The Center for Housing Policy is the research affiliate of the National Housing Conference.

In calculating the annual income needed to rent, the housing policy group used the benchmark that rent should not exceed 30 percent of income. The estimated income for buying a median-priced home was based on the average prevailing interest rate, a 10 percent down payment and use of private mortgage insurance.

The report may have understated the current paycheck gap, however, as housing prices are based on first-quarter figures from a National Association of Home Builders' housing index. The index shows that Tampa Bay home prices rose to $123,000 in the second quarter, and more recent data show that sales prices continue to escalate.

Jeff Harrington can be reached at [email protected] or (727) 893-8242.

Who can afford what

For a closer look at home buying and renting affordability for various professions, go to www.nhc.org/chp/p2p_2013_q1/index.php.

Report: Rising home prices put a crimp on home affordability for more professions 08/15/13 [Last modified: Thursday, August 15, 2013 12:51pm]
Photo reprints | Article reprints

© 2017 Tampa Bay Times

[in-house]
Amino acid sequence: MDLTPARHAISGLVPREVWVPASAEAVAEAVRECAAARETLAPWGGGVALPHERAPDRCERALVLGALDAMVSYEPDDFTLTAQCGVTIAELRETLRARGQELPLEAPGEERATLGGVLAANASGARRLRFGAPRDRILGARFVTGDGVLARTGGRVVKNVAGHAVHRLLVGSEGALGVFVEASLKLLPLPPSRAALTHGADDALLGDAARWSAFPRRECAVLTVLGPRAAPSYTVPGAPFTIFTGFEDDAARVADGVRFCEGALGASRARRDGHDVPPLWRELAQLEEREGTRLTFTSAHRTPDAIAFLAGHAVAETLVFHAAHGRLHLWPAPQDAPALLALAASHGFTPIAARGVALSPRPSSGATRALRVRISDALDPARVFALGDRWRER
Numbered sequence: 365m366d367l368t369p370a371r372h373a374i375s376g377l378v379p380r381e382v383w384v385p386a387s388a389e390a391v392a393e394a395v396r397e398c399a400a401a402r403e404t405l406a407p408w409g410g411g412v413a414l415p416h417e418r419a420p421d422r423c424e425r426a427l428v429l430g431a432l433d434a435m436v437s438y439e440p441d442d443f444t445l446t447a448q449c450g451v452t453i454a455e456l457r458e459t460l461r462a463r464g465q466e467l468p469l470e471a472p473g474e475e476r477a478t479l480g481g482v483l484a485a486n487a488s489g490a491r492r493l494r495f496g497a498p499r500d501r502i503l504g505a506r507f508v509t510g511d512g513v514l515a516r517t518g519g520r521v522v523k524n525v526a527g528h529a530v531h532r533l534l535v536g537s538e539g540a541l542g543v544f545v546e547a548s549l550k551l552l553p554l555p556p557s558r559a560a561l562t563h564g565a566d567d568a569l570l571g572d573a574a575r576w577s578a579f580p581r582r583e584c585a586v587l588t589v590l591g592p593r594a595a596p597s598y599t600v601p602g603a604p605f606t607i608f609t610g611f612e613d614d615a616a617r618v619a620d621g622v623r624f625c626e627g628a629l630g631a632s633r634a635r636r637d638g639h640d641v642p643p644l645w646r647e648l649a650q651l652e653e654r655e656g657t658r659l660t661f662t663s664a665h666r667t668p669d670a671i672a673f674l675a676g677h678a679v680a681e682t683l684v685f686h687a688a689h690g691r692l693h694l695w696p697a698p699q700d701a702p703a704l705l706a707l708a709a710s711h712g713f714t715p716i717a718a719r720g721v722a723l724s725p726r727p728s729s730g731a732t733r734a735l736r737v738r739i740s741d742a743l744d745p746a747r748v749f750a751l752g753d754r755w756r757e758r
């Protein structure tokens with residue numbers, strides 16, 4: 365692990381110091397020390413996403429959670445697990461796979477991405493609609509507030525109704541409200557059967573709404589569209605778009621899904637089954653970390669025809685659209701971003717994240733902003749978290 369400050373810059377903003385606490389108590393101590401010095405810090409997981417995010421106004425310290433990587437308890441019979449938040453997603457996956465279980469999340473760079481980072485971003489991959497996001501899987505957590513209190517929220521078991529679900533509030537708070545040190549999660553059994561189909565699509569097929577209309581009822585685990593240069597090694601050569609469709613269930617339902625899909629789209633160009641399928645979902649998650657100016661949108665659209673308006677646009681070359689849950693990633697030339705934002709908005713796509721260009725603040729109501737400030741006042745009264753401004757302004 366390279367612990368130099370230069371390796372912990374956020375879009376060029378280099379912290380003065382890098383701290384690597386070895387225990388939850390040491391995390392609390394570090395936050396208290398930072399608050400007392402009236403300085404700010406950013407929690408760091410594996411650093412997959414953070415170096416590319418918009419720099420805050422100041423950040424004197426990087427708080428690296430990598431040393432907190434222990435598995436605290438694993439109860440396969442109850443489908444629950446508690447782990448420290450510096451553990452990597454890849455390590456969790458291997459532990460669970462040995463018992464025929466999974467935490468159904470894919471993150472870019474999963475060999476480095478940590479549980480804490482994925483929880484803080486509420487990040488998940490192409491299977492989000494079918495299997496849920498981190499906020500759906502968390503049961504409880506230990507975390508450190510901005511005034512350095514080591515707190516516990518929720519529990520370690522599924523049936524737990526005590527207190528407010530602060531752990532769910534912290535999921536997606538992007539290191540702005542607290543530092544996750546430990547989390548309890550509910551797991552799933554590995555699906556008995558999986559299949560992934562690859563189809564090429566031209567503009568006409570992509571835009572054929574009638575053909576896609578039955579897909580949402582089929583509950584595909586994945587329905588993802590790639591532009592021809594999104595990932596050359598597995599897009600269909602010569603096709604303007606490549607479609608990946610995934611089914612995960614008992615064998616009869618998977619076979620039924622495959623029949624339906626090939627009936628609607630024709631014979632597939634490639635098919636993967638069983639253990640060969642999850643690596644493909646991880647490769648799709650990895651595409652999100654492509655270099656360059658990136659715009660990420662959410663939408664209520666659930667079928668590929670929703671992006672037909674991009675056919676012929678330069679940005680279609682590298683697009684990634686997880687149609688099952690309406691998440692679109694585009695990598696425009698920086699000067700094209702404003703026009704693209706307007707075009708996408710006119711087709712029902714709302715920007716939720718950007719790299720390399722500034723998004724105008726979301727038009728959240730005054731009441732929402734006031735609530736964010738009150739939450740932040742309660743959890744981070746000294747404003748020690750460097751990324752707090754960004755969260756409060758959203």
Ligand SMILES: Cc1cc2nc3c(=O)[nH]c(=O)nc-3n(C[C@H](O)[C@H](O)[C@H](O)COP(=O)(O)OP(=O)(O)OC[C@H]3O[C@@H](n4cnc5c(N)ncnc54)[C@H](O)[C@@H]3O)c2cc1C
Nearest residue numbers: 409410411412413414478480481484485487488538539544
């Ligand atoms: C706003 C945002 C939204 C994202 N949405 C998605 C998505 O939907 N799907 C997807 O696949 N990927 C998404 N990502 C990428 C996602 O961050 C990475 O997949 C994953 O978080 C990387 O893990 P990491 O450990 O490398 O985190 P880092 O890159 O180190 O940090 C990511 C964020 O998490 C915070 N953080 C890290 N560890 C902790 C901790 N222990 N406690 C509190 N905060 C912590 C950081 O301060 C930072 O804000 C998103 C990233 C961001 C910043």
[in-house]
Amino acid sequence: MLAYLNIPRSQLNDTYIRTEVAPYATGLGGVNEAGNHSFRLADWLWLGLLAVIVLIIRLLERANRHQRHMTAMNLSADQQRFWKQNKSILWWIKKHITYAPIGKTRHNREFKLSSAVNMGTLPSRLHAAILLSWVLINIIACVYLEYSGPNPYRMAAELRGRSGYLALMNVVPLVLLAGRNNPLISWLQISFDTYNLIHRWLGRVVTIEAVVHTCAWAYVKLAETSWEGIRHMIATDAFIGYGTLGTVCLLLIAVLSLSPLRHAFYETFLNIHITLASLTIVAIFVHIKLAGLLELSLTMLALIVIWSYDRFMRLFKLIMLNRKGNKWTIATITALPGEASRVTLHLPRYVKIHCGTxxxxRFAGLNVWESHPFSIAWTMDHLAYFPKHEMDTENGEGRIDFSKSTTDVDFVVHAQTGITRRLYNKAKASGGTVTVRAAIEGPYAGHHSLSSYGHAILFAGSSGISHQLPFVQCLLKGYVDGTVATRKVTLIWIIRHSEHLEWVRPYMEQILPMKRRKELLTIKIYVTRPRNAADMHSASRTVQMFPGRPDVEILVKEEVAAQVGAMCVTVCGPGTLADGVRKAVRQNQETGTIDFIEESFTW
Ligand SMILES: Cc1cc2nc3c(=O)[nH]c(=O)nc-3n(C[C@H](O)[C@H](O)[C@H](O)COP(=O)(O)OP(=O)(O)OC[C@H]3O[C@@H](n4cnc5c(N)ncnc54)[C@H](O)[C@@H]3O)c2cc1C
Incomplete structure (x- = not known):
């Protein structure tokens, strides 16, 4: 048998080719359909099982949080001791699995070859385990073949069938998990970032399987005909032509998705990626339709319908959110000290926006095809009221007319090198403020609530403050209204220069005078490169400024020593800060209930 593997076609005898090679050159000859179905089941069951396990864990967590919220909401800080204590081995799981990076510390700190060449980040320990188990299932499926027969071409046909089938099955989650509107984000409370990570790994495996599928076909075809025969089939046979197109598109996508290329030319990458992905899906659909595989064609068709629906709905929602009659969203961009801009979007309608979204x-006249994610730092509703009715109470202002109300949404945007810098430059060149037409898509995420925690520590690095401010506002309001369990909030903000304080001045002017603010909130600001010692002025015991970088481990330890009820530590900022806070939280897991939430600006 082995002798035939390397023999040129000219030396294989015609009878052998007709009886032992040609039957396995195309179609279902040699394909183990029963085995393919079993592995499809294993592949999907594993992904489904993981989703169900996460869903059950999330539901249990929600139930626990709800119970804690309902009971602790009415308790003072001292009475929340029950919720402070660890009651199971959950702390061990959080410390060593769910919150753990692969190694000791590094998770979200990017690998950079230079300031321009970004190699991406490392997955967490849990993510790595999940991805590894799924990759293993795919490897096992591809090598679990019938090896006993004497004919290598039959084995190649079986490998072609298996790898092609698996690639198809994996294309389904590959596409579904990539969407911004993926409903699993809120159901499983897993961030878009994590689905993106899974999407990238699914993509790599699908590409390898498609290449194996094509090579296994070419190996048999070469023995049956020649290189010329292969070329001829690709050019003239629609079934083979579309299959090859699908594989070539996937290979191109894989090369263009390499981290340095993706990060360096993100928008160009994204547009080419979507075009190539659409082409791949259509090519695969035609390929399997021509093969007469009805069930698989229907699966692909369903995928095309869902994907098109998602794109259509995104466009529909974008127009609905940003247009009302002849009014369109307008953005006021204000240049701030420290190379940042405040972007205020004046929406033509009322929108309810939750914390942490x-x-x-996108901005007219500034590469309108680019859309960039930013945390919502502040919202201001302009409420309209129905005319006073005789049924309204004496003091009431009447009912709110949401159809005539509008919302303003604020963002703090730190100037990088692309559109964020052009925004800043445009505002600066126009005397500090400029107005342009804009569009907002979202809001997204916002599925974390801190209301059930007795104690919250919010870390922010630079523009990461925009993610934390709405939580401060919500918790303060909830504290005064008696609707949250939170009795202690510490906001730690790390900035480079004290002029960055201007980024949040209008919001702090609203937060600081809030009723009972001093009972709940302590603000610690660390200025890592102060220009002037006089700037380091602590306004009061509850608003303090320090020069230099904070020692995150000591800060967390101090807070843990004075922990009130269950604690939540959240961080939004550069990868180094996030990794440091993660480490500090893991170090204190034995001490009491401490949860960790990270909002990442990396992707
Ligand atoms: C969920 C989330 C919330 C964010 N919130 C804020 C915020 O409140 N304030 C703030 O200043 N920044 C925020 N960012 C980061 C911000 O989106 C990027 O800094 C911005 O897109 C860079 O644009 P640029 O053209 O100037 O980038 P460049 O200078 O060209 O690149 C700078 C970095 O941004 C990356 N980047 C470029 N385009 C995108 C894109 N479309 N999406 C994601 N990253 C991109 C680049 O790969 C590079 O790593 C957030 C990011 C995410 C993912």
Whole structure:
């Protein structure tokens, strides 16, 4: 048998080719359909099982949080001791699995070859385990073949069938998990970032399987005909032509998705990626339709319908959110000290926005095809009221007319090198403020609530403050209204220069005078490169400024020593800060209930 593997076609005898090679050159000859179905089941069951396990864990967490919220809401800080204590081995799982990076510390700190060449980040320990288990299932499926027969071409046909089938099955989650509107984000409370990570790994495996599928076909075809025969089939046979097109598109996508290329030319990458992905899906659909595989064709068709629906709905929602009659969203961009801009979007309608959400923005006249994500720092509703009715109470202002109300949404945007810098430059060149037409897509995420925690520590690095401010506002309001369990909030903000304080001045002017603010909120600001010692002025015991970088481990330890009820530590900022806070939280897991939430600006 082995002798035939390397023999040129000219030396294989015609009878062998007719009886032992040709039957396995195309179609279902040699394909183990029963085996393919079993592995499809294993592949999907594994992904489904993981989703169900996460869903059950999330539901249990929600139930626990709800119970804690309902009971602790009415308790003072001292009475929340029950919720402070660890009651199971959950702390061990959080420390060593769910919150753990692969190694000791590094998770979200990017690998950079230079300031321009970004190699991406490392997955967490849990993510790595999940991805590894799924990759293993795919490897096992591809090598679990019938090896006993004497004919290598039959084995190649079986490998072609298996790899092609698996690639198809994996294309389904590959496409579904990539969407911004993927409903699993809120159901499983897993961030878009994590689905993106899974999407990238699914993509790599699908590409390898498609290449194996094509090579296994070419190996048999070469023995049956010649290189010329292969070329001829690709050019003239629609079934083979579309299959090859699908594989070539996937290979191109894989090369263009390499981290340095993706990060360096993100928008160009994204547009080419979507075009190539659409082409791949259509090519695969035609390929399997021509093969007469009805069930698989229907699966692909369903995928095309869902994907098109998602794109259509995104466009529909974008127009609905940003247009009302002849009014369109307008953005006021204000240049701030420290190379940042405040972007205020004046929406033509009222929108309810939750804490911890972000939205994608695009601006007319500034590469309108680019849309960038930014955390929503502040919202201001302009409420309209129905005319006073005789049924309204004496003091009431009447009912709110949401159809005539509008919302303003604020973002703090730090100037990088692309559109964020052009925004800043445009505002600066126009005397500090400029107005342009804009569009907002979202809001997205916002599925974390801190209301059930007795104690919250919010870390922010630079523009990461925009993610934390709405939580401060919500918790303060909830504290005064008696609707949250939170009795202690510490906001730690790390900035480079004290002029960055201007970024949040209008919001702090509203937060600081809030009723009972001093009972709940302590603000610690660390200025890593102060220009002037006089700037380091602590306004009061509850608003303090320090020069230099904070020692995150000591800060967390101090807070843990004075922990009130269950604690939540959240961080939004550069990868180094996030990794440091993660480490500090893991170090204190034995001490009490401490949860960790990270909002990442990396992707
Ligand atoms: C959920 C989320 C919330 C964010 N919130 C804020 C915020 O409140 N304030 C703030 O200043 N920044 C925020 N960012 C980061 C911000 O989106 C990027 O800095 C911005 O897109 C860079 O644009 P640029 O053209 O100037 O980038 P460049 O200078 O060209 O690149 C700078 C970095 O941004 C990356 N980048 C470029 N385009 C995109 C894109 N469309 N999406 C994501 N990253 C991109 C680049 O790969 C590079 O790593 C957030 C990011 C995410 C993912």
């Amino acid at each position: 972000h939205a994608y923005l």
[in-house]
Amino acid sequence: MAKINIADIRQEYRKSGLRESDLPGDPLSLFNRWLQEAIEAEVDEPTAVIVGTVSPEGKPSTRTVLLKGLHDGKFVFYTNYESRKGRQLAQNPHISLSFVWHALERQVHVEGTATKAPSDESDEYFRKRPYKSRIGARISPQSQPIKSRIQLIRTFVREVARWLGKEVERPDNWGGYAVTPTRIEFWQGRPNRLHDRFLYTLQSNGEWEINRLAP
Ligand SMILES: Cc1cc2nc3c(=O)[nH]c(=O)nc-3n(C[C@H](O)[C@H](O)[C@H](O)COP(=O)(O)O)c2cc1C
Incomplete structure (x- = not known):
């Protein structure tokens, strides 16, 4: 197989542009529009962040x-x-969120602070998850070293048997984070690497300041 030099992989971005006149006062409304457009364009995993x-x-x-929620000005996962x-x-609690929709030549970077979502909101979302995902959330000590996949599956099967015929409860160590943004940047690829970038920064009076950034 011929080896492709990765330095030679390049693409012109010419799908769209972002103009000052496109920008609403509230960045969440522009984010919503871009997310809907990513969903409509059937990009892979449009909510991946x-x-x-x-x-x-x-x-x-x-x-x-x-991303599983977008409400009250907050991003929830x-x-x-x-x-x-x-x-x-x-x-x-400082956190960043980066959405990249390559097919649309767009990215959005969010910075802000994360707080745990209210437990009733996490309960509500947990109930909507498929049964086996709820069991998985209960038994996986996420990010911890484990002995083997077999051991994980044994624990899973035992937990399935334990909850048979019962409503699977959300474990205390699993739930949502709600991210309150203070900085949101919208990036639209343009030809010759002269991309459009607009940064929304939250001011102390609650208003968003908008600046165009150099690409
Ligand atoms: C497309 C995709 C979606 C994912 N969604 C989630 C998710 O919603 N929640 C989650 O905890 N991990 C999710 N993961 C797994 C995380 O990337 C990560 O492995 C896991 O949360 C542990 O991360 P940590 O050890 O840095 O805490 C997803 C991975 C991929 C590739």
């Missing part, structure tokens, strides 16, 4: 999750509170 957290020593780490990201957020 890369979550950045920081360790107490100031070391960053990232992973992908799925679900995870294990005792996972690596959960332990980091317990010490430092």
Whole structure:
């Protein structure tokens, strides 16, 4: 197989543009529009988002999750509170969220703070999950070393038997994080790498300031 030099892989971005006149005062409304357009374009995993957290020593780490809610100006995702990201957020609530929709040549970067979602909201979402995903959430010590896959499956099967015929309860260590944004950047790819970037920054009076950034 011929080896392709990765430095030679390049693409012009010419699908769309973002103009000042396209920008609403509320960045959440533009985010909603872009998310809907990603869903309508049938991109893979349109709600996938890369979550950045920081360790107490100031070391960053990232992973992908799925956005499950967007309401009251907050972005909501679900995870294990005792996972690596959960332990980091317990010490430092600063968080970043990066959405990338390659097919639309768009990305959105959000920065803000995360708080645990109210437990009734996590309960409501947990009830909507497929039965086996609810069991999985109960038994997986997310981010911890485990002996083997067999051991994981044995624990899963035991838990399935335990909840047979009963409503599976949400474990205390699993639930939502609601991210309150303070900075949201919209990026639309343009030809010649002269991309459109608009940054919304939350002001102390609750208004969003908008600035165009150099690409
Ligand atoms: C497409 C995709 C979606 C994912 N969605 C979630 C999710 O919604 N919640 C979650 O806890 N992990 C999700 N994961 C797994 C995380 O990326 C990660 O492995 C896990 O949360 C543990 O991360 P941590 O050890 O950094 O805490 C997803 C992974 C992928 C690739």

Join the discussion: Click to view comments, add yours

Loading...
  1. Massachusetts firm buys Tampa's Element apartment tower

    Real Estate

    TAMPA — Downtown Tampa's Element apartment tower sold this week to a Massachusetts-based real estate investment company that plans to upgrade the skyscraper's amenities and operate it long-term as a rental community.

    The Element apartment high-rise at 808 N Franklin St. in downtown Tampa has been sold to a Northland Investment Corp., a Massachusetts-based real estate investment company. JIM DAMASKE  |  Times
  2. New York town approves Legoland proposal

    News

    GOSHEN, N.Y. — New York is one step closer to a Lego dreamland. Goshen, a small town about fifty miles northwest of the Big Apple, has approved the site plan for a $500 million Legoland amusement park.

    A small New York town, Goshen approved the site plan for a $500 million Legoland amusement park. Legoland Florida is in Winter Haven. [Times file  photo]